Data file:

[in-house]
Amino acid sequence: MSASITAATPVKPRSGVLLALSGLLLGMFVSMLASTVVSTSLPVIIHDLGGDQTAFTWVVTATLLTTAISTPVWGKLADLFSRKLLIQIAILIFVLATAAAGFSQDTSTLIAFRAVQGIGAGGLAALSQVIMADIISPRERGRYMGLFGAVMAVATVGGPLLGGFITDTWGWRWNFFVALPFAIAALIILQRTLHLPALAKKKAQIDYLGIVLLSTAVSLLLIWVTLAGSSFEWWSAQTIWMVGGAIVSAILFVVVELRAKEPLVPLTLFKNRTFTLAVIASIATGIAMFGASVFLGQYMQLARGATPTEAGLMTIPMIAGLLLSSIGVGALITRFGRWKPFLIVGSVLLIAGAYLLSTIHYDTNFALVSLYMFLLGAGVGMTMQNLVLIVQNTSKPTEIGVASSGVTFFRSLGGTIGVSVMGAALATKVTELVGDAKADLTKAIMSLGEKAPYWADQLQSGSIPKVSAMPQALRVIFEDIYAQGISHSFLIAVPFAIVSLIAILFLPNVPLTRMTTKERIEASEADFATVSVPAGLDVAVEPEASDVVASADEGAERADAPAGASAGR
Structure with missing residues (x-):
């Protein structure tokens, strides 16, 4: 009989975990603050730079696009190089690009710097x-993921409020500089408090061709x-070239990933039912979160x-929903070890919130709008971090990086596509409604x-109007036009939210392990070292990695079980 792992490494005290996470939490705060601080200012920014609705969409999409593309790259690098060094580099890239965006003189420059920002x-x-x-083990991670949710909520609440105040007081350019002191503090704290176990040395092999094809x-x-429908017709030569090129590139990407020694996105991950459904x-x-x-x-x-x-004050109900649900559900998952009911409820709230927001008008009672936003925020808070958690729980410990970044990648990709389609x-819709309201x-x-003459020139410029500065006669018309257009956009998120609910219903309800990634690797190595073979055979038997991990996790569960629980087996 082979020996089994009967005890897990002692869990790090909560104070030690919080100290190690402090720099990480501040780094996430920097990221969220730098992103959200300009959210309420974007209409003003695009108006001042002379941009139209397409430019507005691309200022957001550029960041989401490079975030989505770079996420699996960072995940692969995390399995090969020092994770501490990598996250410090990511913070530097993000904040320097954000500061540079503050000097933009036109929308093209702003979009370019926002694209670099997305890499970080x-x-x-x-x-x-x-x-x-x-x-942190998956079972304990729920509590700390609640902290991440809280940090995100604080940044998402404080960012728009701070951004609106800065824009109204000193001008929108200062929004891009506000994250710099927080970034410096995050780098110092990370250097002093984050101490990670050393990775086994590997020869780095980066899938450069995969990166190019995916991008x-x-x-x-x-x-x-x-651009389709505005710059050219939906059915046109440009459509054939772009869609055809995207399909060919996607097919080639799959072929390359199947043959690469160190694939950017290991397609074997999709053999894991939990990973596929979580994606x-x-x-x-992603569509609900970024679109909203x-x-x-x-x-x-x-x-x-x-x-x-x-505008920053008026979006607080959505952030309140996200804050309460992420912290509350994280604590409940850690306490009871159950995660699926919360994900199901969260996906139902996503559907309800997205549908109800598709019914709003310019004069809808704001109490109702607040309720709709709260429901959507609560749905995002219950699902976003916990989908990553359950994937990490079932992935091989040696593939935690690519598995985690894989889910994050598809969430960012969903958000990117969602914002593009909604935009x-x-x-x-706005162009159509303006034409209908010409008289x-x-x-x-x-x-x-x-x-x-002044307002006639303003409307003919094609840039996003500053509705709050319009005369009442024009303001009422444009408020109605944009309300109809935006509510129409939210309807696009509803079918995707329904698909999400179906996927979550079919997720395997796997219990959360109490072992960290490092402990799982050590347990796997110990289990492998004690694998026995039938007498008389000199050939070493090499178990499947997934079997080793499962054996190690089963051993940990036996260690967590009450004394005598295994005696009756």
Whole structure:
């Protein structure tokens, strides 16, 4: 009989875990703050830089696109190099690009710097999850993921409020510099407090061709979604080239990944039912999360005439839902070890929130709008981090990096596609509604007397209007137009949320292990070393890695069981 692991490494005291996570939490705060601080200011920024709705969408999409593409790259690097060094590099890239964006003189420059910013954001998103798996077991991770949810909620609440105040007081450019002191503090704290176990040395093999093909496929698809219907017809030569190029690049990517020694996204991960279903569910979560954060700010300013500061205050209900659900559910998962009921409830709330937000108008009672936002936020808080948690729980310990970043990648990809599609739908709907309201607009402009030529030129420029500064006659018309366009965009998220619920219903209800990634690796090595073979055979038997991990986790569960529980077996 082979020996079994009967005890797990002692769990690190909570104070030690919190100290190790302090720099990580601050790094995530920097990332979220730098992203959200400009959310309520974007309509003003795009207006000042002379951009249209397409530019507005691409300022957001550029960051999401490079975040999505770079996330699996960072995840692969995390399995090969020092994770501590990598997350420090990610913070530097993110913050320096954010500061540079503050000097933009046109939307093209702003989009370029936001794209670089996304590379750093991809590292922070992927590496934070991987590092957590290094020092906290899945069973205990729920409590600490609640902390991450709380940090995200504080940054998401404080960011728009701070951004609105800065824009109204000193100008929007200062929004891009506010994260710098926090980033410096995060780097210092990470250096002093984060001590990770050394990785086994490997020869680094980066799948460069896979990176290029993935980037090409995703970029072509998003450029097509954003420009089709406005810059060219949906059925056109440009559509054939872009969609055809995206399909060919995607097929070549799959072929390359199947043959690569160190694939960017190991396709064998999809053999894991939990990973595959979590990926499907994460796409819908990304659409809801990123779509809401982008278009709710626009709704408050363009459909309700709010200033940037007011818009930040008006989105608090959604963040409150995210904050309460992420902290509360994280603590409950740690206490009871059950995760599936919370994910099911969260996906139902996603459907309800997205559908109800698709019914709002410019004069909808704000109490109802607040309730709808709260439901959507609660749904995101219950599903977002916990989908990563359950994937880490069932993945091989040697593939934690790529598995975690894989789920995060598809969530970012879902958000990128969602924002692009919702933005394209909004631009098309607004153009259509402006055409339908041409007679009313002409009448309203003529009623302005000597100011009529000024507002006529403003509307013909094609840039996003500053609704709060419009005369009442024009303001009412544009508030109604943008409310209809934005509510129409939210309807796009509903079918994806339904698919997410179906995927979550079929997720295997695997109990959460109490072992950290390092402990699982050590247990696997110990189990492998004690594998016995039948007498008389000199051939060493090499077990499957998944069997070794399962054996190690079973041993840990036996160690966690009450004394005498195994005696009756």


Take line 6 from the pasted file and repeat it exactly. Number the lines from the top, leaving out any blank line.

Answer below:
């Protein structure tokens, strides 16, 4: 009989875990703050830089696109190099690009710097999850993921409020510099407090061709979604080239990944039912999360005439839902070890929130709008981090990096596609509604007397209007137009949320292990070393890695069981 692991490494005291996570939490705060601080200011920024709705969408999409593409790259690097060094590099890239964006003189420059910013954001998103798996077991991770949810909620609440105040007081450019002191503090704290176990040395093999093909496929698809219907017809030569190029690049990517020694996204991960279903569910979560954060700010300013500061205050209900659900559910998962009921409830709330937000108008009672936002936020808080948690729980310990970043990648990809599609739908709907309201607009402009030529030129420029500064006659018309366009965009998220619920219903209800990634690796090595073979055979038997991990986790569960529980077996 082979020996079994009967005890797990002692769990690190909570104070030690919190100290190790302090720099990580601050790094995530920097990332979220730098992203959200400009959310309520974007309509003003795009207006000042002379951009249209397409530019507005691409300022957001550029960051999401490079975040999505770079996330699996960072995840692969995390399995090969020092994770501590990598997350420090990610913070530097993110913050320096954010500061540079503050000097933009046109939307093209702003989009370029936001794209670089996304590379750093991809590292922070992927590496934070991987590092957590290094020092906290899945069973205990729920409590600490609640902390991450709380940090995200504080940054998401404080960011728009701070951004609105800065824009109204000193100008929007200062929004891009506010994260710098926090980033410096995060780097210092990470250096002093984060001590990770050394990785086994490997020869680094980066799948460069896979990176290029993935980037090409995703970029072509998003450029097509954003420009089709406005810059060219949906059925056109440009559509054939872009969609055809995206399909060919995607097929070549799959072929390359199947043959690569160190694939960017190991396709064998999809053999894991939990990973595959979590990926499907994460796409819908990304659409809801990123779509809401982008278009709710626009709704408050363009459909309700709010200033940037007011818009930040008006989105608090959604963040409150995210904050309460992420902290509360994280603590409950740690206490009871059950995760599936919370994910099911969260996906139902996603459907309800997205559908109800698709019914709002410019004069909808704000109490109802607040309730709808709260439901959507609660749904995101219950599903977002916990989908990563359950994937880490069932993945091989040697593939934690790529598995975690894989789920995060598809969530970012879902958000990128969602924002692009919702933005394209909004631009098309607004153009259509402006055409339908041409007679009313002409009448309203003529009623302005000597100011009529000024507002006529403003509307013909094609840039996003500053609704709060419009005369009442024009303001009412544009508030109604943008409310209809934005509510129409939210309807796009509903079918994806339904698919997410179906995927979550079929997720295997695997109990959460109490072992950290390092402990699982050590247990696997110990189990492998004690594998016995039948007498008389000199051939060493090499077990499957998944069997070794399962054996190690079973041993840990036996160690966690009450004394005498195994005696009756």